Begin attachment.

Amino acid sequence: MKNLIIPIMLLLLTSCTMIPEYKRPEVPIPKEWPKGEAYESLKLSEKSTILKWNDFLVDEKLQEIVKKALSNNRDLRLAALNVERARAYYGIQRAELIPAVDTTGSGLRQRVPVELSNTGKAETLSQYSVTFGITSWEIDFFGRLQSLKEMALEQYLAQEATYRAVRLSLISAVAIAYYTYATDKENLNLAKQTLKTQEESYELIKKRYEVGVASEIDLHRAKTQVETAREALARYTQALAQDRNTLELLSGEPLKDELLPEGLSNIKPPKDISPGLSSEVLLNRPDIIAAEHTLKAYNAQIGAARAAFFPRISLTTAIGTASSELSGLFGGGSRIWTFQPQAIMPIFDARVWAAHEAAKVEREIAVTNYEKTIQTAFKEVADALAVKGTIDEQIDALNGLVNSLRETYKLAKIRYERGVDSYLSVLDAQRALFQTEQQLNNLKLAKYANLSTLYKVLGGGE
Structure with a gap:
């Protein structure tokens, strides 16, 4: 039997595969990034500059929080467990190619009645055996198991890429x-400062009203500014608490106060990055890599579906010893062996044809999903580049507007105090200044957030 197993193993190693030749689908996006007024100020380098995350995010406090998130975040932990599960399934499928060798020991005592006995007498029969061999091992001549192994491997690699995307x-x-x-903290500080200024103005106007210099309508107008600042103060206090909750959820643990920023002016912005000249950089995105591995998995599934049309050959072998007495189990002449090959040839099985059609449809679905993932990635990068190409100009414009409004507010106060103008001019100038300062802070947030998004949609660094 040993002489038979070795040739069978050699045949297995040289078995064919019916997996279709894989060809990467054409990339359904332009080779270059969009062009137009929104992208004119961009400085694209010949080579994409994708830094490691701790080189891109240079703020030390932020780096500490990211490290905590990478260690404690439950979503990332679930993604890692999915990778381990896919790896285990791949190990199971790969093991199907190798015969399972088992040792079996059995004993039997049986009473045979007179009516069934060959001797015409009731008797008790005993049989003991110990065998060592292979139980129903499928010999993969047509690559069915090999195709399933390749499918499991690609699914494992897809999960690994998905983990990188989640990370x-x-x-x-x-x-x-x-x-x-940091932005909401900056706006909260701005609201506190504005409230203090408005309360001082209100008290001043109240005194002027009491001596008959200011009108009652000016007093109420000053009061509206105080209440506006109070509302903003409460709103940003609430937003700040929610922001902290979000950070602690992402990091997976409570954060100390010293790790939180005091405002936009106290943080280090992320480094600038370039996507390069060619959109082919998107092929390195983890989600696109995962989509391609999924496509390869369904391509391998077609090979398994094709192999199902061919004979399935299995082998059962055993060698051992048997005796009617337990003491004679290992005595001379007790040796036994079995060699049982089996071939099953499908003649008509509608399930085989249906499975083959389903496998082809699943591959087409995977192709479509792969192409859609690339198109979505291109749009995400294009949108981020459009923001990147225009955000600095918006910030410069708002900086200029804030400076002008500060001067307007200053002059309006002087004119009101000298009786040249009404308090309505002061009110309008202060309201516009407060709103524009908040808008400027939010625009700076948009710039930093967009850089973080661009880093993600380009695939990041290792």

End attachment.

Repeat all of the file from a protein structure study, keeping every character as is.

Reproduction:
Amino acid sequence: MKNLIIPIMLLLLTSCTMIPEYKRPEVPIPKEWPKGEAYESLKLSEKSTILKWNDFLVDEKLQEIVKKALSNNRDLRLAALNVERARAYYGIQRAELIPAVDTTGSGLRQRVPVELSNTGKAETLSQYSVTFGITSWEIDFFGRLQSLKEMALEQYLAQEATYRAVRLSLISAVAIAYYTYATDKENLNLAKQTLKTQEESYELIKKRYEVGVASEIDLHRAKTQVETAREALARYTQALAQDRNTLELLSGEPLKDELLPEGLSNIKPPKDISPGLSSEVLLNRPDIIAAEHTLKAYNAQIGAARAAFFPRISLTTAIGTASSELSGLFGGGSRIWTFQPQAIMPIFDARVWAAHEAAKVEREIAVTNYEKTIQTAFKEVADALAVKGTIDEQIDALNGLVNSLRETYKLAKIRYERGVDSYLSVLDAQRALFQTEQQLNNLKLAKYANLSTLYKVLGGGE
Structure with a gap:
């Protein structure tokens, strides 16, 4: 039997595969990034500059929080467990190619009645055996198991890429x-400062009203500014608490106060990055890599579906010893062996044809999903580049507007105090200044957030 197993193993190693030749689908996006007024100020380098995350995010406090998130975040932990599960399934499928060798020991005592006995007498029969061999091992001549192994491997690699995307x-x-x-903290500080200024103005106007210099309508107008600042103060206090909750959820643990920023002016912005000249950089995105591995998995599934049309050959072998007495189990002449090959040839099985059609449809679905993932990635990068190409100009414009409004507010106060103008001019100038300062802070947030998004949609660094 040993002489038979070795040739069978050699045949297995040289078995064919019916997996279709894989060809990467054409990339359904332009080779270059969009062009137009929104992208004119961009400085694209010949080579994409994708830094490691701790080189891109240079703020030390932020780096500490990211490290905590990478260690404690439950979503990332679930993604890692999915990778381990896919790896285990791949190990199971790969093991199907190798015969399972088992040792079996059995004993039997049986009473045979007179009516069934060959001797015409009731008797008790005993049989003991110990065998060592292979139980129903499928010999993969047509690559069915090999195709399933390749499918499991690609699914494992897809999960690994998905983990990188989640990370x-x-x-x-x-x-x-x-x-x-940091932005909401900056706006909260701005609201506190504005409230203090408005309360001082209100008290001043109240005194002027009491001596008959200011009108009652000016007093109420000053009061509206105080209440506006109070509302903003409460709103940003609430937003700040929610922001902290979000950070602690992402990091997976409570954060100390010293790790939180005091405002936009106290943080280090992320480094600038370039996507390069060619959109082919998107092929390195983890989600696109995962989509391609999924496509390869369904391509391998077609090979398994094709192999199902061919004979399935299995082998059962055993060698051992048997005796009617337990003491004679290992005595001379007790040796036994079995060699049982089996071939099953499908003649008509509608399930085989249906499975083959389903496998082809699943591959087409995977192709479509792969192409859609690339198109979505291109749009995400294009949108981020459009923001990147225009955000600095918006910030410069708002900086200029804030400076002008500060001067307007200053002059309006002087004119009101000298009786040249009404308090309505002061009110309008202060309201516009407060709103524009908040808008400027939010625009700076948009710039930093967009850089973080661009880093993600380009695939990041290792």